Okay, so admittedly that title is a wee bit on the dramatic side.
But not untrue.
So, here’s the thing. I like to make lists. There’s nothing quite like the thrill of marking a line through a goal. Boom. Done. Cue: We Are the Champions (and Mighty Ducks flashbacks).
Planners are good too, since they force you to focus your list-making by day and time period. I’m a fan of both and have used both effectively. (Albeit inconsistently).
But here’s the thing: I have a tendency to overload my list.
I know this.
I know that when I write down: clean out girls’ closet, organize pantry, clean fridge, and plant front flowerbeds that I will, realistically, only get ONE of those things done (hopefully) in addition to the everyday stuff that I don’t bother to write down on the list.
I also know that I should probably write down that everyday stuff so I can check it off and feel better about myself when I get to end of the day and maybe don’t have ANY of the “extra” stuff done due to: unforeseen diaper blowouts on the sheets–necessitating a full nursery airing out and 87 foreseen but underestimated 3-year-old tantrums–necessitating accumulated hours of talking-to’s, praying, timeouts, and other various methods of discipline, etc. etc., etc.
Because I can’t tell you how many times I’ve told my husband that I feel like I haven’t sat down or stopped “doing” all. day. long, and I’ve still “accomplished nothing.”
Honestly, if I were to hear another homeschooling mama of 6 say this, I’d be like: “Duh. You’re busy keeping half a dozen humans alive/fed/educated/reasonably happy.” But when it’s me, all I can see are the projects I never even started.
So, one day, this idea popped into my head: what if I wrote down EVERYTHING I do in a day–including time frames–so that I could be more realistic about my goals and also so that, by day’s end, I could look back and see exactly where my time was spent. No more of that: “I have no idea what I did today” business.
My hand got tired just thinking about such a list, so I decided to type it instead.
And you know what?
Each day that I took the time to start out by typing my list, I ended feeling accomplished and satisfied with my work. Even if I hadn’t done anything “more” than what I consider a normal day.
The key was to include even the most mundane of tasks. Flipping a load of laundry? Yup. Getting the kids ready for the gym? Uh huh. Reading a story to the twins? Absolutely.
After all, they all take time, don’t they?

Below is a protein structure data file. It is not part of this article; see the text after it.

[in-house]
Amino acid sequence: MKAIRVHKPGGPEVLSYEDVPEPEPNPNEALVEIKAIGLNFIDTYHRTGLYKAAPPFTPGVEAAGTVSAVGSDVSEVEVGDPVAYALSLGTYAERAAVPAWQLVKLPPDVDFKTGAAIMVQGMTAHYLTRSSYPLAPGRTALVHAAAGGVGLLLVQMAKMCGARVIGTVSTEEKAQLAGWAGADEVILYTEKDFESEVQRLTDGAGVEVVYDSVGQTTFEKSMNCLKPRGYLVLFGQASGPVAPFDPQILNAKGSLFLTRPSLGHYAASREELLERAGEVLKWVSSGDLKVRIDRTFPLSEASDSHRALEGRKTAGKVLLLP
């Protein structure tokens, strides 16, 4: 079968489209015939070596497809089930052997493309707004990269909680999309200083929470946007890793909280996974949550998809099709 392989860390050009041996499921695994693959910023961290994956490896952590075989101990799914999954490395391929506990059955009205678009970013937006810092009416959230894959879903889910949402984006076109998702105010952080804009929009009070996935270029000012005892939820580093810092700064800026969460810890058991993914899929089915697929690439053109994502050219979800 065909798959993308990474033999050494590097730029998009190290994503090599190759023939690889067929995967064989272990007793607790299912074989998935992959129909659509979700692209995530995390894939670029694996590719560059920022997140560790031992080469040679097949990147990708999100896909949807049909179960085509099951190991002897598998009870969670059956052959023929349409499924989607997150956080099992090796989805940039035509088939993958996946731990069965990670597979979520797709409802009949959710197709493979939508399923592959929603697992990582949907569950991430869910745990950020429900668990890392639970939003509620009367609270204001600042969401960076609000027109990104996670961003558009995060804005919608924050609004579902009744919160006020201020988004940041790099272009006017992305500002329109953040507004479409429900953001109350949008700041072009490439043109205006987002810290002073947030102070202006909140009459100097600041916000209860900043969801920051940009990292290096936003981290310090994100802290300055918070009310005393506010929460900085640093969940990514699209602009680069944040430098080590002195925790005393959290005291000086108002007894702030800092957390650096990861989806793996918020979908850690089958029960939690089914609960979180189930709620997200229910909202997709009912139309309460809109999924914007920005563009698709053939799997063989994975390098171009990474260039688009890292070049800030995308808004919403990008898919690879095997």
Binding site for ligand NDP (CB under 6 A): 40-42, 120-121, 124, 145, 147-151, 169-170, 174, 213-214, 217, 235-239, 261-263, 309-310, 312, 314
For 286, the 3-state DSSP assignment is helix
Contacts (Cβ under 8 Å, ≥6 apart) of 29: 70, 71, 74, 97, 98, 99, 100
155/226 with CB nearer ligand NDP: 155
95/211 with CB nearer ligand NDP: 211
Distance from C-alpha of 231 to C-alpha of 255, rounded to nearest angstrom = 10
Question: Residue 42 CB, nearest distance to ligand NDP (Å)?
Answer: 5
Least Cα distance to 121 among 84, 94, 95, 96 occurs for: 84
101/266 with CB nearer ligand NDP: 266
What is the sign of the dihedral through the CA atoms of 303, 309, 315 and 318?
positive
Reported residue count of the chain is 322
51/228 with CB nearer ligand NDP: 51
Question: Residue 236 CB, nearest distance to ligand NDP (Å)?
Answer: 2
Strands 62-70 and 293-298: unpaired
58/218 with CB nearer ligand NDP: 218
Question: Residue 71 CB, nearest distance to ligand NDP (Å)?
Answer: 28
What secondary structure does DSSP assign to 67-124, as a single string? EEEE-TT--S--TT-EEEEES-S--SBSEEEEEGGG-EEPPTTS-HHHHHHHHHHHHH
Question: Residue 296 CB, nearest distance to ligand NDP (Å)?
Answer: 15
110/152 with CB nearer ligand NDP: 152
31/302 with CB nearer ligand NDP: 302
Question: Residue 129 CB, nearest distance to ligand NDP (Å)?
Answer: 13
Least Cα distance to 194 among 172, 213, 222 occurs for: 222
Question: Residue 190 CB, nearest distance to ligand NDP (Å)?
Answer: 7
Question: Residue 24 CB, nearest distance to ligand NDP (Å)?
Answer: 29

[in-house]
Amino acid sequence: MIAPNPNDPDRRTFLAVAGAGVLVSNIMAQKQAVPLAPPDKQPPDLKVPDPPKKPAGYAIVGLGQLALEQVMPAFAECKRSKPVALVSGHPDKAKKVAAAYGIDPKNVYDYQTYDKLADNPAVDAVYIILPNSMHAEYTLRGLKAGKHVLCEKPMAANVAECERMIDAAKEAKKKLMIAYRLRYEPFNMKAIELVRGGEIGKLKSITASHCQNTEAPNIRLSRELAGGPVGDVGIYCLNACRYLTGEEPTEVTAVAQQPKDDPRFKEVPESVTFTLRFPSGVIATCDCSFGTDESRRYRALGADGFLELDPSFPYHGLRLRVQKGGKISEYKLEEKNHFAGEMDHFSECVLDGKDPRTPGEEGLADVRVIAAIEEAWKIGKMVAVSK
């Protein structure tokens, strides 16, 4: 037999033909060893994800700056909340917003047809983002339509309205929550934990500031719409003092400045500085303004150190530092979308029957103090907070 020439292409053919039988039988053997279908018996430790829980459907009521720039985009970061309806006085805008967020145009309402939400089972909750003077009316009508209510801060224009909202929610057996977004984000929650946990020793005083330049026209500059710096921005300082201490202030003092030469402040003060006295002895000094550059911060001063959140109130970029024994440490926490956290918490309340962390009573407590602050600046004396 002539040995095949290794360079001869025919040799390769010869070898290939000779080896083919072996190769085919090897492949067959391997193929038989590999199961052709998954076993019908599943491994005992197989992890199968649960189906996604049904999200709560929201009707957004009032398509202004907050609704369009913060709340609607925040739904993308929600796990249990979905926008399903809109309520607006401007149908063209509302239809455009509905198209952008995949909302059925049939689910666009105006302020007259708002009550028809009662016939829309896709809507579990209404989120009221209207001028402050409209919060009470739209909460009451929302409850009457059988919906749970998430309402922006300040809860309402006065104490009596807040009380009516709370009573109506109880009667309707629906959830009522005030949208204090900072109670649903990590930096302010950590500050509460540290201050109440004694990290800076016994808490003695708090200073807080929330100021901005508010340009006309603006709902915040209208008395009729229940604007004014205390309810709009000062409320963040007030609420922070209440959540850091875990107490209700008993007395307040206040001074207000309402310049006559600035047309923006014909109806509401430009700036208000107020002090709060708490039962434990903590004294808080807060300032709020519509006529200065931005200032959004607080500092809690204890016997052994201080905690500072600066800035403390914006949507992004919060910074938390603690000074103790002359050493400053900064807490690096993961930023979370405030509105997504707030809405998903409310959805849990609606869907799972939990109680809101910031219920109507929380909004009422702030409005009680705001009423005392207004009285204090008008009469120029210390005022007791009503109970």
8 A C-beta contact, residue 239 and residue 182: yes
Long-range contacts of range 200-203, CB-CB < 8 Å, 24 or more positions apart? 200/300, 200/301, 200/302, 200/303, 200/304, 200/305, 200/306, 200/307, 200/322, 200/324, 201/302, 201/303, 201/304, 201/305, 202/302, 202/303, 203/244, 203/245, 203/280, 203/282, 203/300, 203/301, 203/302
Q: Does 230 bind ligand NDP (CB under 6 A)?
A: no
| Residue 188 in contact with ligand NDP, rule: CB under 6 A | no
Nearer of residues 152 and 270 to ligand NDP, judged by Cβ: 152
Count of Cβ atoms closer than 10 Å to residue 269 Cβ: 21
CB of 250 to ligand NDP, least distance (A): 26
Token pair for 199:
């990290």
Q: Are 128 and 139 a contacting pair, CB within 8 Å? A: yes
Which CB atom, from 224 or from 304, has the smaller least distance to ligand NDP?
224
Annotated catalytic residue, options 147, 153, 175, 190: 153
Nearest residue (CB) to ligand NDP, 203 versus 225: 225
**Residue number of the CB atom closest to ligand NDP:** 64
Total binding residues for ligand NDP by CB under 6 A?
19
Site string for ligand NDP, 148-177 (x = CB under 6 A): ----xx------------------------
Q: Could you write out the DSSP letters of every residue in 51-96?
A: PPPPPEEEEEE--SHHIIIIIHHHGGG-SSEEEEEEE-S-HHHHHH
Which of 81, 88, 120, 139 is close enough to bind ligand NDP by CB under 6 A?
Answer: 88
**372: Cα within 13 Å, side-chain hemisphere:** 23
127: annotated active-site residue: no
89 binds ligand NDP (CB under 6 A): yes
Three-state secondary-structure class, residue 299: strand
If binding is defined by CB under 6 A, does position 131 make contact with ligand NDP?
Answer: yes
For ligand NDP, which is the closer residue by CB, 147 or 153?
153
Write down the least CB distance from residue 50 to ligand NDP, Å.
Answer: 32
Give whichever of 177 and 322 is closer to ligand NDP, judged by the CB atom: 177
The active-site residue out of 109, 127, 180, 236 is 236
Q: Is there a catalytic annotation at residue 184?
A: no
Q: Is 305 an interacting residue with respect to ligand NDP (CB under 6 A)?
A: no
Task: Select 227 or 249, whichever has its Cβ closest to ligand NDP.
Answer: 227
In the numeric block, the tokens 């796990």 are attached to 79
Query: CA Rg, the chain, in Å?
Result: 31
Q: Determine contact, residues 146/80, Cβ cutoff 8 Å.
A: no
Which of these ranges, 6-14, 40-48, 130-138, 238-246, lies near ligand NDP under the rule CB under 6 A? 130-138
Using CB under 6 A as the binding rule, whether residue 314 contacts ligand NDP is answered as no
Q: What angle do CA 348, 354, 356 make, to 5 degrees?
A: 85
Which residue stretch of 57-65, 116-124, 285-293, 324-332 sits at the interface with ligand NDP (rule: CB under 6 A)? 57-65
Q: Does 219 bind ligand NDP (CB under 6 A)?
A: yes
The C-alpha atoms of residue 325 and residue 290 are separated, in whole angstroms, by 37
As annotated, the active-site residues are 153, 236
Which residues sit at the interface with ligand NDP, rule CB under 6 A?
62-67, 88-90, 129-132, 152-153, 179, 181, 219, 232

But if I don’t write them down, then I tend to discount those chunks of 20 minutes here, 15 minutes there, until I’m left with that frustratingly vague feeling of aimlessness when my day has been anything but.
This list is from several months ago on a random Tuesday (I don’t save most of my lists), and it’s fairly representative of a typical Tuesday during the school year (notice homeschooling was not on the list because Tuesdays were one of the days that my mom came to teach the kids).
Obviously, I didn’t get every last little thing checked off. Even when I try to be realistic by breaking things down sometimes by 5-15 minutes increments, I can still get too ambitious.
BUT! I can look at that day and see that my time was not spent idly and that I did accomplish a fair bit.
Some days, there’s quite a bit less red, due to my own hubris or unexpected distractions. Maaaaaaybe one day, I’ve checked every last thing off (I doubt it, though).
But the peace that this list gives me at the end of each day? That’s consistent.
Full disclosure: so far this summer has felt about as organized as a toddler-planned birthday party.
Swimming with friends!
Seriously. It’s all over the place. That’s summer, right?
But I’m definitely starting to crave more order, so today, I made my first list in a month, and it went a little something like this:
6:30 – Feed twins + Theo
7:00 – Make/eat breakfast
7:30 – Hang out with Alby (he just got back from a trip, and I’ve barely seen him)
8:30 – Bible reading with kids (totally haven’t done this yet because they weren’t all awake)
8:45 – Write blog
9:15 – Research/load new Audible book
9:30 – Get kids ready for gym
9:45 – Leave for gym
10:15 – Do Combat + 1/2 hour of weights
11:45 – Grocery shopping with kids
1:00 – Lunch
1:30 – Little kids down for naps
1:45 – Rest time
2:15 – Practice reading with Della
2:45 – Sort/start load of laundry
3:00 – Start dinner prep
3:45 – Put away laundry in bedroom
4:00 – Wipe down kitchen cabinets
4:20 – Play outside with kids
5:00 – Finish dinner for kids
5:30 – Kids eat
6:15 – Read Bible reading (since we didn’t do it earlier)
6:45 – Play time
7:15 – Get kids ready for bed
7:30 – Kids in bed
7:30 – Finish dinner for Alby (I didn’t get to make his Father’s Day dinner last night, so we’re going to attempt a “date night at home” tonight; I certainly don’t usually cook two dinners or get my kids down by 7:30…wish us luck!)
8:00 – Eat dinner + hang out with Alby
Clearly, since it’s summer, there’s a lot more free time and margin for rest, but I think I’ll still enjoy highlighting (most of) these things in red tonight.
So…what do you think of my epiphany? Maybe not feeling accomplished at the end of the day is something you never struggle with, but if it is, and you often feel like you’re not sure where the time went, I HIGHLY recommend at least trying this method.
It’s done wonders for my sanity.
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